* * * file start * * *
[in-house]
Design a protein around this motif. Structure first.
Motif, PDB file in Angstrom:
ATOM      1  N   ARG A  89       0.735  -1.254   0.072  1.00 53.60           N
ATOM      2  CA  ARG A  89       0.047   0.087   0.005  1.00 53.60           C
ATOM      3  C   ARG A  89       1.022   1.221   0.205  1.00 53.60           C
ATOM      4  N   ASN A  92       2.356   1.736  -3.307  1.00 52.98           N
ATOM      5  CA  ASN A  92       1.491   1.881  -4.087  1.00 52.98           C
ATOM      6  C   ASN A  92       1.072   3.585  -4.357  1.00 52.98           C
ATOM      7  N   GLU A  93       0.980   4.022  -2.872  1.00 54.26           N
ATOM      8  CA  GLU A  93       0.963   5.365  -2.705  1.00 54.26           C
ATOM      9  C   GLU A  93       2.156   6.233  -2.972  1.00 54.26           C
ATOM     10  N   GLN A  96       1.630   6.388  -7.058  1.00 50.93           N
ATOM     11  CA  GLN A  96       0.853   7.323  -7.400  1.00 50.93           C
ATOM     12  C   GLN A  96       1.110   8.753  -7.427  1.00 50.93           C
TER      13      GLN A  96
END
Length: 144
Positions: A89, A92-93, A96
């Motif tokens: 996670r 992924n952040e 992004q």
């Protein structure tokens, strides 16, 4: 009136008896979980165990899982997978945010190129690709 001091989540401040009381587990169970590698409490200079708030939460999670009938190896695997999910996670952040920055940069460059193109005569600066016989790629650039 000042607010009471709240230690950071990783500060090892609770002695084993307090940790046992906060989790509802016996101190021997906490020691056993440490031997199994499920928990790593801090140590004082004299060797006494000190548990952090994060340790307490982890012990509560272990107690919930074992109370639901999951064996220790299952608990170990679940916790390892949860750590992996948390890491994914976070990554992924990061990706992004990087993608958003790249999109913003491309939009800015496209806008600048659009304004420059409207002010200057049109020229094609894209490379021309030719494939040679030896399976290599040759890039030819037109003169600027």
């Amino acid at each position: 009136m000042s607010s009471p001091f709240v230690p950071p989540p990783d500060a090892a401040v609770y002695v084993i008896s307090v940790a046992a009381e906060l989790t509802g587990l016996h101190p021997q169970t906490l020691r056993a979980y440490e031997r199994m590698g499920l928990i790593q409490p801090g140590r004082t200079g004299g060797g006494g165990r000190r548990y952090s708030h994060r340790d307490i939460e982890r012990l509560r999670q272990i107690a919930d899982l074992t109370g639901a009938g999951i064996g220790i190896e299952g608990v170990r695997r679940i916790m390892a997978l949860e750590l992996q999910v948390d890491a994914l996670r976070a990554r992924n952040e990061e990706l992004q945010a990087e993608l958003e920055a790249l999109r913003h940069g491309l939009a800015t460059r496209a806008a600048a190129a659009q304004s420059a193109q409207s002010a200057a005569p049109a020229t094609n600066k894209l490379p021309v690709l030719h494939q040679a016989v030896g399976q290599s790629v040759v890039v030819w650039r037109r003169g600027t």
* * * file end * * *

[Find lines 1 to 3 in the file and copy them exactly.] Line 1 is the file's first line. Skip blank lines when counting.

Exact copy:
[in-house]
Design a protein around this motif. Structure first.
Motif, PDB file in Angstrom: